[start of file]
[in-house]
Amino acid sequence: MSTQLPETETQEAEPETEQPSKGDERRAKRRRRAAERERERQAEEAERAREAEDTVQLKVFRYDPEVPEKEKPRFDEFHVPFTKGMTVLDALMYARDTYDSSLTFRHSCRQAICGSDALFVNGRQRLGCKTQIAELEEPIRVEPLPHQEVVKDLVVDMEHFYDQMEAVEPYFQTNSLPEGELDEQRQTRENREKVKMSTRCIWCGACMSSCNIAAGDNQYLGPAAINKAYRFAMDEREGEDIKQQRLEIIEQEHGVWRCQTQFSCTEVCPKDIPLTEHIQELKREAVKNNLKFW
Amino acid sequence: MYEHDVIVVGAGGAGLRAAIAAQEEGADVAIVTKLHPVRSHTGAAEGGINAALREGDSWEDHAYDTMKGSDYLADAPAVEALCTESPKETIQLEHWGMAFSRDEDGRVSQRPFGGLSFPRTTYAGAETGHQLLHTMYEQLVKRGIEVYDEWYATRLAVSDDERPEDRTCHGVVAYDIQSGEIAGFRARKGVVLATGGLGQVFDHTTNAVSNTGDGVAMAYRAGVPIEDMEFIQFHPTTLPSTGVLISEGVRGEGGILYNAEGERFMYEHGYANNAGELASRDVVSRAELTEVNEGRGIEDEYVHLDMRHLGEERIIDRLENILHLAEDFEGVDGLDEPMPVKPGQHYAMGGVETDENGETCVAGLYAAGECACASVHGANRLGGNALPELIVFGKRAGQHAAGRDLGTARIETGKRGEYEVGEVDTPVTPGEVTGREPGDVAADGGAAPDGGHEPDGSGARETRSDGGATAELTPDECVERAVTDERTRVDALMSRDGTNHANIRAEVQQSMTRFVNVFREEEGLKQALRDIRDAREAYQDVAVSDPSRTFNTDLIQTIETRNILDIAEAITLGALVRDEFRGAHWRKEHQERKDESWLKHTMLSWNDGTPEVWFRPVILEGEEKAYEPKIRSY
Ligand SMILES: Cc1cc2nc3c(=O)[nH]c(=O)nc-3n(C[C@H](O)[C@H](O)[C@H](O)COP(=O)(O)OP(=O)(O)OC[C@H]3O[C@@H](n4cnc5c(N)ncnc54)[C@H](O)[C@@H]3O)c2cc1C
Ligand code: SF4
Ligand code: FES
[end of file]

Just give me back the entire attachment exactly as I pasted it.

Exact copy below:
[in-house]
Amino acid sequence: MSTQLPETETQEAEPETEQPSKGDERRAKRRRRAAERERERQAEEAERAREAEDTVQLKVFRYDPEVPEKEKPRFDEFHVPFTKGMTVLDALMYARDTYDSSLTFRHSCRQAICGSDALFVNGRQRLGCKTQIAELEEPIRVEPLPHQEVVKDLVVDMEHFYDQMEAVEPYFQTNSLPEGELDEQRQTRENREKVKMSTRCIWCGACMSSCNIAAGDNQYLGPAAINKAYRFAMDEREGEDIKQQRLEIIEQEHGVWRCQTQFSCTEVCPKDIPLTEHIQELKREAVKNNLKFW
Amino acid sequence: MYEHDVIVVGAGGAGLRAAIAAQEEGADVAIVTKLHPVRSHTGAAEGGINAALREGDSWEDHAYDTMKGSDYLADAPAVEALCTESPKETIQLEHWGMAFSRDEDGRVSQRPFGGLSFPRTTYAGAETGHQLLHTMYEQLVKRGIEVYDEWYATRLAVSDDERPEDRTCHGVVAYDIQSGEIAGFRARKGVVLATGGLGQVFDHTTNAVSNTGDGVAMAYRAGVPIEDMEFIQFHPTTLPSTGVLISEGVRGEGGILYNAEGERFMYEHGYANNAGELASRDVVSRAELTEVNEGRGIEDEYVHLDMRHLGEERIIDRLENILHLAEDFEGVDGLDEPMPVKPGQHYAMGGVETDENGETCVAGLYAAGECACASVHGANRLGGNALPELIVFGKRAGQHAAGRDLGTARIETGKRGEYEVGEVDTPVTPGEVTGREPGDVAADGGAAPDGGHEPDGSGARETRSDGGATAELTPDECVERAVTDERTRVDALMSRDGTNHANIRAEVQQSMTRFVNVFREEEGLKQALRDIRDAREAYQDVAVSDPSRTFNTDLIQTIETRNILDIAEAITLGALVRDEFRGAHWRKEHQERKDESWLKHTMLSWNDGTPEVWFRPVILEGEEKAYEPKIRSY
Ligand SMILES: Cc1cc2nc3c(=O)[nH]c(=O)nc-3n(C[C@H](O)[C@H](O)[C@H](O)COP(=O)(O)OP(=O)(O)OC[C@H]3O[C@@H](n4cnc5c(N)ncnc54)[C@H](O)[C@@H]3O)c2cc1C
Ligand code: SF4
Ligand code: FES